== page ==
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Syadasti Syadavaktavya Syadasti Syannasti Syadasti....

I've been rereading Illuminatus! for the 3rd or fourth time. What I'm finding interesting about the experience is that there's always more in the book than I previously realized. My focus this time is on the way that the characters develop through initiatory processes.

One observation is that the kinds of initiatory shocks the characters receive are fairly traditional in their intent, if not always in their particular forms. When I compare this to the kinds of experience that I've had both in formal group initiation and the times initiation has manifested in my life, it leaves me wondering if I started from the wrong point. The characters, and many of my friends have had very strong emotional reactions to initiation; it 'is' a transformative experience for them. My own experiences have always been taken in stride. The patterns have always been recognizable to me, and there is a sense of inevitability and frankly, a rather jaded, passionless engagement with the process- and indeed, when a cycle has played out, I'm left often left with a vague sense of disappointment that there wasn't more to it. It's almost like there's some of Taoist at the controls who simply accepts the even, processes the experience, and then lets it go until the next one comes along. The IAO cycle plays through very quickly for me. There's a sense of "Is that seriously all you had for me this time? Well, it's a nice t-shirt, at any rate." Is there such a thing as being too far over on the h. neophilus side?

I don't seem to differentiate the mystical or mundane in the same way that I observe others doing; I think that's part of it. I'm not certain if that's a good thing or a bad thing from a developmental standpoint. Even QBListic practices have yielded only a lot of amusement for me - I see that the revelations received are true in some sense, false in some sense, meaningless in some sense and true and false and meaningless in some sense. I can change my perceptual grid rather readily, and run a great variety of behavioral programs, though some with much more difficulty than others. Nonetheless, I figured out years ago more or less who the robot is, and who the programmer is, and I have a handle on the meta-programmer as well; everything else seems to mostly be a matter of practice, and the search for a direction to point it all in, in order to do something with it all. I find myself caught in a bind where all courses of action are true in some sense, false in some sense, meaningless in some sense and true and false and meaningless in some sense. Even if I could change the world to fit perfectly my vision, the next question is always the same: "To what end?"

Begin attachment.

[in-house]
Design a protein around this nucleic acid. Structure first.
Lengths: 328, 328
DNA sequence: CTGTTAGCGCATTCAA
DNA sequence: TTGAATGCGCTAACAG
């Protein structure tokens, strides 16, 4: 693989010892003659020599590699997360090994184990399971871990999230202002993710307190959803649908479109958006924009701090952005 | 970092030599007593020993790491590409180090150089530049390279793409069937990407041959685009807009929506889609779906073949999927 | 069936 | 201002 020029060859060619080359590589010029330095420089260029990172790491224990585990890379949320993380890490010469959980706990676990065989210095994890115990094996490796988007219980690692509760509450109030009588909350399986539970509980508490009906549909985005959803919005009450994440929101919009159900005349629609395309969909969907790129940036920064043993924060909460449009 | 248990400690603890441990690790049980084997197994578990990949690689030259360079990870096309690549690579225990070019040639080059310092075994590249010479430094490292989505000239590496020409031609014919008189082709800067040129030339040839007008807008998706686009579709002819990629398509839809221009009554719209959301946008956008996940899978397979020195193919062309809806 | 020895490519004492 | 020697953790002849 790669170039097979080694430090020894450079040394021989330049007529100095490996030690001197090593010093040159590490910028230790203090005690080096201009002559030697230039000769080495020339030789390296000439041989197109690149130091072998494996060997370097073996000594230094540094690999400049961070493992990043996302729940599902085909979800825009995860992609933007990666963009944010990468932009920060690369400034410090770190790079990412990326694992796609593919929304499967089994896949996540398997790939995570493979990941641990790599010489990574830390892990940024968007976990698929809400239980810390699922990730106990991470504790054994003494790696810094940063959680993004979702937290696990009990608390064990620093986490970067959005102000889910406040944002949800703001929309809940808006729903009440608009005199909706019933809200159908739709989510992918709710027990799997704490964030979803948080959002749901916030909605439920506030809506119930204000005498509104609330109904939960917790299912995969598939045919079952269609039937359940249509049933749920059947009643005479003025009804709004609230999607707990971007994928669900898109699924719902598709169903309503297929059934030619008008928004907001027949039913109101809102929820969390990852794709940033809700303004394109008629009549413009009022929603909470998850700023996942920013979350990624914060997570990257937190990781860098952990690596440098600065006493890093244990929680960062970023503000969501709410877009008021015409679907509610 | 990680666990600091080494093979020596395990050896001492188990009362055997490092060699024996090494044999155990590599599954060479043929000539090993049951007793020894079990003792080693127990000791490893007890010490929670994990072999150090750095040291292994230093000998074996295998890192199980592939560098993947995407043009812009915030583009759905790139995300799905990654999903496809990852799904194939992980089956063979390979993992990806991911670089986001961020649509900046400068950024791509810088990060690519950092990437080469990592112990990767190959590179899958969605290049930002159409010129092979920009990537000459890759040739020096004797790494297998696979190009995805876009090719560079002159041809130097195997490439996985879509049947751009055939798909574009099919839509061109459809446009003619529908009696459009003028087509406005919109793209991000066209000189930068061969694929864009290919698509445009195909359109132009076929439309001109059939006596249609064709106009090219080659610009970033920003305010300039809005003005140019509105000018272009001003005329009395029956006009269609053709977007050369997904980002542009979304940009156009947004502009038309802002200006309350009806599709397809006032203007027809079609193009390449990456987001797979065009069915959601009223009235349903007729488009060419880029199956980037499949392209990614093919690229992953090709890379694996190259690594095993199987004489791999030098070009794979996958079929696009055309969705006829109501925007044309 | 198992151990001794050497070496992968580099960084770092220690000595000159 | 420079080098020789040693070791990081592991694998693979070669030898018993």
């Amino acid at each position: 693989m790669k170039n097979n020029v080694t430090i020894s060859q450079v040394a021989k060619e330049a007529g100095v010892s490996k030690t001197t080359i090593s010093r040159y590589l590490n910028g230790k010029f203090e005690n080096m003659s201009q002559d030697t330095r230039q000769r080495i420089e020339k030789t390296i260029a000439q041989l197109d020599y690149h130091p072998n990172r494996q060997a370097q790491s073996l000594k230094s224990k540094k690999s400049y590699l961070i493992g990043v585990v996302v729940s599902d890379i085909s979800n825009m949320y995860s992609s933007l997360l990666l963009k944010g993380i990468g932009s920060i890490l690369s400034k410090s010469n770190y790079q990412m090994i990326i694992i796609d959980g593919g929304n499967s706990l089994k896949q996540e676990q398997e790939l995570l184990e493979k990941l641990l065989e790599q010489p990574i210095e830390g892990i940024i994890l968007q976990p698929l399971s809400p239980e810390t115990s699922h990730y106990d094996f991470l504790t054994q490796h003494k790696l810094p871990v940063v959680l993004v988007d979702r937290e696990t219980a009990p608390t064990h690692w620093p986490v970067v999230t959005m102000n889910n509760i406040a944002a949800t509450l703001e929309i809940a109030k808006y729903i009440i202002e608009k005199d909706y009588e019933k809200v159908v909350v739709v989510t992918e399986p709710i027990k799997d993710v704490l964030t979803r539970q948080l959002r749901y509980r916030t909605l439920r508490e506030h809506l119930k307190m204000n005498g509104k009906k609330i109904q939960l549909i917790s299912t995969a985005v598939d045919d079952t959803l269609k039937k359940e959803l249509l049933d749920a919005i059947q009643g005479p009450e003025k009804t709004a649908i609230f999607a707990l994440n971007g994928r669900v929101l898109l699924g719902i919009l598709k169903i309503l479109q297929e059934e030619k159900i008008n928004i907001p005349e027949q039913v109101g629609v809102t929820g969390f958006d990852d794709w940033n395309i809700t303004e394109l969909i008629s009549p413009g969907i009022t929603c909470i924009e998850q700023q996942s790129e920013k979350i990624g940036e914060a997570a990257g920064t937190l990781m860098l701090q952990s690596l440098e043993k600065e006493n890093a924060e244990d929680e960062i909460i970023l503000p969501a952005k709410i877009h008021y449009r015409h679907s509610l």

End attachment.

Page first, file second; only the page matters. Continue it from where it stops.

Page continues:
The best answer I have ever come up with is "why not?" In a transient world where change is the only constant, death is price of failure and cost of success, How do we play the game and bend it to serve a useful end?